India is a unique nation in that its ancient history lies not but in tomes of reportage and dry facts but is encapsulated in the rich itihas of its epics and tales of the times of yore. A living, relatable history of a people whose historical legacy is rich in culture and tradition. Instead of trying to maintain the few bits of information about obscure kings and long-forgotten kingdoms, the Indian thinkers and writers synthesised the collective story of the people into unforgettable compositions. And these compositions would be usually around figures who changed realities dramatically, in their age. Sri Ram happens to be one such figure who has stood out as a behemoth in Indian thought and identity-formation over millennia. It is entirely possible that there was once a historical king in the kingdom of Ayodhya who had the sequence of events described in the Ramayan, albeit in slight different ways: the vanaras may have been jungle dwellers, Ravana’s ten heads may have represented the knowledge he had rather being actual heads and the story of the Ramayan may have been a story of the clash of civilisations, a clash between the Aryans and communities such as the Rakshas (who may have been just an indigenous communitys more than ‘demons’ per se).

Regardless, the faith that I share with millions of people of Sri Ram’s presence should be enough to make him worthy of an unparalleled place in the Indian psyche. Be it the moral ideals he stood for as Maryada Purushottam or his role and the philosophical rigour of Yoga Vashishta, Sri Ram still remains as alive as once is said to have been in the lands of Ayodhya.

Or is he?

Jai Sri Ram, the popular slogan to celebrate him, his life and teachings, has become a political tool. Today politicians use it like any two-penny catchphrase and it is saddening to see him become the centre of political mobilisation rather not than of value-building. I am proud of his legacy and have no qualms in using this particular slogan either, but not for petty electoral gains. Hindus have faced persecution for centuries but the way to get back into prominence is not empty namecalling but action, Karma and collective efforts to establish a true Ram Rajya.

The Ram Janmabhoomi movement has dragged on for far too long. I want to see the recognition of the spot that Ram is said to have been born at, but the method of getting there is counterproductive. If Ram had got back at Kaikeyi or Ravana in their way, he would not have remained Ram. If Babur brought down a grand temple at the site and we respond similarly, are we truly being devotees of the tolerant and liberal Sri Ram? Are we being truly Dharmic? In the Valmiki Ramayana 6.115 are the famous words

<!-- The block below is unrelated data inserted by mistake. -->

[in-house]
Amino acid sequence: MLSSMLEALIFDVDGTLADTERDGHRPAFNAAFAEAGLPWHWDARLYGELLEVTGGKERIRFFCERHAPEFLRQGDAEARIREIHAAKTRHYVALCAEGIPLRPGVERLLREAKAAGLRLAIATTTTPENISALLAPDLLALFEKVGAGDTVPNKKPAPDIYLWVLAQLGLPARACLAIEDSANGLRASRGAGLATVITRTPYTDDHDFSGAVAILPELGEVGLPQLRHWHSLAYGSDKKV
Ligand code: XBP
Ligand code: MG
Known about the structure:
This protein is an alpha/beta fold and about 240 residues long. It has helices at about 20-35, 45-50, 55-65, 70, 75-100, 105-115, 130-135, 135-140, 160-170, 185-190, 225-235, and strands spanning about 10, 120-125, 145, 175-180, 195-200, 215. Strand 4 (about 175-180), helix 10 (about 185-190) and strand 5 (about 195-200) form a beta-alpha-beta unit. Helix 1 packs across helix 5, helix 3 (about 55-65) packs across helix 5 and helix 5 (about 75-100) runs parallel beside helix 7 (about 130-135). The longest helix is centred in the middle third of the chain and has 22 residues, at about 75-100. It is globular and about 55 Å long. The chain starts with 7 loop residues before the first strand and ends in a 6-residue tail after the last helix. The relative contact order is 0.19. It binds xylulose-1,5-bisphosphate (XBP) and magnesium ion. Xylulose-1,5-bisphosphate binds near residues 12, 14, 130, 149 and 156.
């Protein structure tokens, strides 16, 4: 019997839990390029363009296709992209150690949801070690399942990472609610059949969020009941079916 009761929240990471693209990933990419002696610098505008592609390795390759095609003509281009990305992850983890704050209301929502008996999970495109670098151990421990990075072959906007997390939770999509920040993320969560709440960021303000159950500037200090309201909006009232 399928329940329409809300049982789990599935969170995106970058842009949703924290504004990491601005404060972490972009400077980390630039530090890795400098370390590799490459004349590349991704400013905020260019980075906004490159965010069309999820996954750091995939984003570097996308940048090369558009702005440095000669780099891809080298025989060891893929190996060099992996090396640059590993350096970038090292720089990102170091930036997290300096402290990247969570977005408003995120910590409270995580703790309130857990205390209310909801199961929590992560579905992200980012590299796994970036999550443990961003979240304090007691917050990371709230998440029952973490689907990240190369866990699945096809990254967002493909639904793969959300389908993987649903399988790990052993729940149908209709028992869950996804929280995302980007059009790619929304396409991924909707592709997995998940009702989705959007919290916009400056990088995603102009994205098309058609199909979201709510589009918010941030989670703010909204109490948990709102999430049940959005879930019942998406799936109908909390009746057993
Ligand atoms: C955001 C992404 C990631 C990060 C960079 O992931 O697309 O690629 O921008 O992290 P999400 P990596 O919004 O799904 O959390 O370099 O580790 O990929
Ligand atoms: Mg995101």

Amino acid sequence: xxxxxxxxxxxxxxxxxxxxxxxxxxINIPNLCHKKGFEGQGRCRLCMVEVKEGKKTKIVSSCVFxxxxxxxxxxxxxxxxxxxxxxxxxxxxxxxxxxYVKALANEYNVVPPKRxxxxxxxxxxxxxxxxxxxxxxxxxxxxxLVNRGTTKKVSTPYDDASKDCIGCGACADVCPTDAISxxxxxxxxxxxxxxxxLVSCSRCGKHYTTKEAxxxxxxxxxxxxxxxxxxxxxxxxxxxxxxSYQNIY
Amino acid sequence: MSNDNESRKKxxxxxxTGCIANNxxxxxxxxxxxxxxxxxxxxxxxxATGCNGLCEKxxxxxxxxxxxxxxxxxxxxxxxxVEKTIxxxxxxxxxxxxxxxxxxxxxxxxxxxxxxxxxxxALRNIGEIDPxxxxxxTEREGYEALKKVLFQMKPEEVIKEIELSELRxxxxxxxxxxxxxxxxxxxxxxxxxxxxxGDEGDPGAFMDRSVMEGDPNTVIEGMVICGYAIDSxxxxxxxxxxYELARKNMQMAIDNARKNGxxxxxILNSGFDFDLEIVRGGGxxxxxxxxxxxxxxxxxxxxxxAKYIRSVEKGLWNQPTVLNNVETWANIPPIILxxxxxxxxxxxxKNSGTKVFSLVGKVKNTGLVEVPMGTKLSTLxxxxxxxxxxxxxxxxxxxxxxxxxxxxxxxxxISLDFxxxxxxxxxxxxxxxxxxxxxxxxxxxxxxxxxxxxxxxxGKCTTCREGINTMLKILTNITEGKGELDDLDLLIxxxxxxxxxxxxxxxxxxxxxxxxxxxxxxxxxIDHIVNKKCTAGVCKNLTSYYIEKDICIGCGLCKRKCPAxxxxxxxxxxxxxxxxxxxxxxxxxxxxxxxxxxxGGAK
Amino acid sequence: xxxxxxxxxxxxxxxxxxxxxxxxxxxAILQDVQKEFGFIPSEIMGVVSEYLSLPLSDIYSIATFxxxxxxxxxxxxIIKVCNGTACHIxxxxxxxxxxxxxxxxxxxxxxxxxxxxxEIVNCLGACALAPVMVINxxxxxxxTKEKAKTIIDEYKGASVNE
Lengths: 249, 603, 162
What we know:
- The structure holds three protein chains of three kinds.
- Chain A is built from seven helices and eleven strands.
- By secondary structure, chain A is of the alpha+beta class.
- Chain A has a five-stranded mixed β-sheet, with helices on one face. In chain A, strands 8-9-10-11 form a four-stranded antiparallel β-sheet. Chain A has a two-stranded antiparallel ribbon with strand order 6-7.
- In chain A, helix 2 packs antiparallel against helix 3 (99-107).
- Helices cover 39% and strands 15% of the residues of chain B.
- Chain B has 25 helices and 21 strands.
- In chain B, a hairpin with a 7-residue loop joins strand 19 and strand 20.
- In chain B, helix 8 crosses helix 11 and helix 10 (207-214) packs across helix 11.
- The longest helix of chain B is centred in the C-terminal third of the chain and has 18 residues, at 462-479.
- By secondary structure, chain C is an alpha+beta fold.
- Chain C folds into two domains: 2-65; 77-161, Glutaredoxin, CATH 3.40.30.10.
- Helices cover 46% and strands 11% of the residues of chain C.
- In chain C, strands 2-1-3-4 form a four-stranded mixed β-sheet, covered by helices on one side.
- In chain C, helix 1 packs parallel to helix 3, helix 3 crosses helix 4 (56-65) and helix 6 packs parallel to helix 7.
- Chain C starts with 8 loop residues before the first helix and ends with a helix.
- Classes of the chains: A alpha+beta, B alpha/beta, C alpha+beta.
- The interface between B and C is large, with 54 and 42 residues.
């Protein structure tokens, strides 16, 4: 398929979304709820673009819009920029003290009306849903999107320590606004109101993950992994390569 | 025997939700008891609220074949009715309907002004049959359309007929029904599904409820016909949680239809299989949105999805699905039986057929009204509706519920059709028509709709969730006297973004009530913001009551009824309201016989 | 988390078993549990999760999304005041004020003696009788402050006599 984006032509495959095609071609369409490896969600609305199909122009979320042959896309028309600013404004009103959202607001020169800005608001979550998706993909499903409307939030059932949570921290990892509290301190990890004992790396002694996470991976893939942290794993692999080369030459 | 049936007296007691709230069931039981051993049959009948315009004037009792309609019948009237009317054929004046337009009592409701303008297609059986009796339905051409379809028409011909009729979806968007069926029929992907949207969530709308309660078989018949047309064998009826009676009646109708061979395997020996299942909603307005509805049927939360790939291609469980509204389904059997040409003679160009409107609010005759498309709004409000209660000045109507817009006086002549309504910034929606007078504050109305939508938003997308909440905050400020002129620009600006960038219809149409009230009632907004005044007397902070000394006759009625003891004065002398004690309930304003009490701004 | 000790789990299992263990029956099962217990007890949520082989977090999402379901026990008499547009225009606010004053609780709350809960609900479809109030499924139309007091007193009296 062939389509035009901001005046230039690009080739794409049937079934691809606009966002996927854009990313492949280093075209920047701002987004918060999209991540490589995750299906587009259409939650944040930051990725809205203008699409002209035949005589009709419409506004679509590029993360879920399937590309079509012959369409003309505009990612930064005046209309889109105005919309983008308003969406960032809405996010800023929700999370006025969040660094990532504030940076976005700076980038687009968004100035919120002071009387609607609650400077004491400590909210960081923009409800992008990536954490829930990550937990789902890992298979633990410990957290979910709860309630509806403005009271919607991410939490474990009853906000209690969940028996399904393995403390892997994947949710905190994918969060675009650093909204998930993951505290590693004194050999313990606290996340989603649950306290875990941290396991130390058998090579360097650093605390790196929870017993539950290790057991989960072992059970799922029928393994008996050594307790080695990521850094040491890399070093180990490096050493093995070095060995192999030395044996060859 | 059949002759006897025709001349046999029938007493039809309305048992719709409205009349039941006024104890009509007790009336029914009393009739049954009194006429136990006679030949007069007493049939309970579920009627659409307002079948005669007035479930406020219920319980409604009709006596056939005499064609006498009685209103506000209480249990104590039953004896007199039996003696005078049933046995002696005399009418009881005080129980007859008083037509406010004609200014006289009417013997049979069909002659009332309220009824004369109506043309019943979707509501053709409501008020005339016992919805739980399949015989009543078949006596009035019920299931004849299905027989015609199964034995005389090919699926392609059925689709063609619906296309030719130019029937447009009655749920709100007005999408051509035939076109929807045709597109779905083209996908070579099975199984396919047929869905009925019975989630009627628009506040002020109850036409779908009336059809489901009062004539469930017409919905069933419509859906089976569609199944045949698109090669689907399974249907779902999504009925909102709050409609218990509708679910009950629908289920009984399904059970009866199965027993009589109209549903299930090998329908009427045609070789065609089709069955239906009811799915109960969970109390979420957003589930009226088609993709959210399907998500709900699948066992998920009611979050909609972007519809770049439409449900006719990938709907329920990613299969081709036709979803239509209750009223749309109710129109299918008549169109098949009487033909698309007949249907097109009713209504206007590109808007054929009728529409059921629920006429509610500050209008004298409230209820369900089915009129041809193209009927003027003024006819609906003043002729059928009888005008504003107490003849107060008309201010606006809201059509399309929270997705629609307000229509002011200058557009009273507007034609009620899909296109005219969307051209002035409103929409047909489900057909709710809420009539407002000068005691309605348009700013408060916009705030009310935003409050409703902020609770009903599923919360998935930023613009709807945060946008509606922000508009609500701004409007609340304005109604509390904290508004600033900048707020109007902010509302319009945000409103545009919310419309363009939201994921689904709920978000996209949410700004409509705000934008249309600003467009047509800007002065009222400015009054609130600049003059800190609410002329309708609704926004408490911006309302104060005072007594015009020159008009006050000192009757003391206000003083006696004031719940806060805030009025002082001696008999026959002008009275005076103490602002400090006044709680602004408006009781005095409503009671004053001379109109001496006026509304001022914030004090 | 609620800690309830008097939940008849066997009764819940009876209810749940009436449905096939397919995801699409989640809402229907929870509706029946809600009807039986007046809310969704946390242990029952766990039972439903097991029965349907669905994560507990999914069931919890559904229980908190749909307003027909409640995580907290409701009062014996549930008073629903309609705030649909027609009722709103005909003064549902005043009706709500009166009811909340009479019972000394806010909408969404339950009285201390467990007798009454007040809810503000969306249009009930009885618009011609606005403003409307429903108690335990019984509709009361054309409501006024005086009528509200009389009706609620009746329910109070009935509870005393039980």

“A superior being does not render evil for evil, this is the maxim one should observe; the ornament of virtuous persons is their conduct.
(…)
A noble soul will ever exercise compassion even towards those who enjoy injuring others.”


Are we truly following this? I would reckon not.

This is troubling and unsettling since it is like standing up for Gandhian principles with himsa (violence) not ahimsa (non-violence) as he sought. But we are where we are and we have to move forward. What has disturbed me lately is the amount of politicisation around Sri Ram that has happened. Not only has their been violence on innocents within this war-cry of sorts but there has been an increasing trend of fake news to try and besmirch the good name of Sri Ram. Recently, in the Chanduali district of Uttar Pradesh, where a Muslim youth was allegedly immolated for not chanting Jai Sri Ram. This has been categorically proven to be false.

What worries me is the apparent trivialisation of the idea and identity of Sri Ram, who has been an anchor for Indian society’s for ages. Calling him has become farcical in some circles and it is really unfortunate that this is the case. Yes, not only is Sri Ram a good unifier of the Hindu voice but also a subject of the faith of millions of people. However, and even then, there needs to be an understanding and balance in the use of his legacy and image. Sri Ram is known in places as far away as Thailand where a Thai Ramayana known as Ramakirti is popular and where the monarchs are called Rama with the current king being King Rama X. It is Ram that people across the length and breadth of India relate to. His legend has attracted commentaries and secondary literature and also inspired performance arts. Rama legends are also found in the texts of Jainism and Buddhism!

While it is understandable to stand up for Hindu interests, along with interests of all other communities, it must not be at the expense of others in a manner that breaks the harmony of society or is unconstitutional. At the same time, one must be guarded against attempts at trying to use the slogan to falsely implicate Hindu organisations by using fake news. Religion and politics must not mix since I feel spirituality is a very personal matter and should not be a poll plank to win elections. I hope the Ram Janmabhoomi issue will be resolved by the mediation panel, which consists of Sri Sri Ravi Shankar, someone whom I greatly admire. I hope Sri Ram will remain on the Indian constitution as he does now, without his name being tainted by random acts of violence in his name. The best way to pay your obeisance to him and stand up for his legacy today is by establishing a sustainable model of development in India. By truly creating a Ram Rajya. Where the poorest of the poor are fed and clothed. Sri Ram was someone who would embrace a leper, eat half-eaten berries of a poor woman and not break principles to attain power. If we want to be his champions, we must learn from this!

Let us not politicise Sri Ram anymore, please!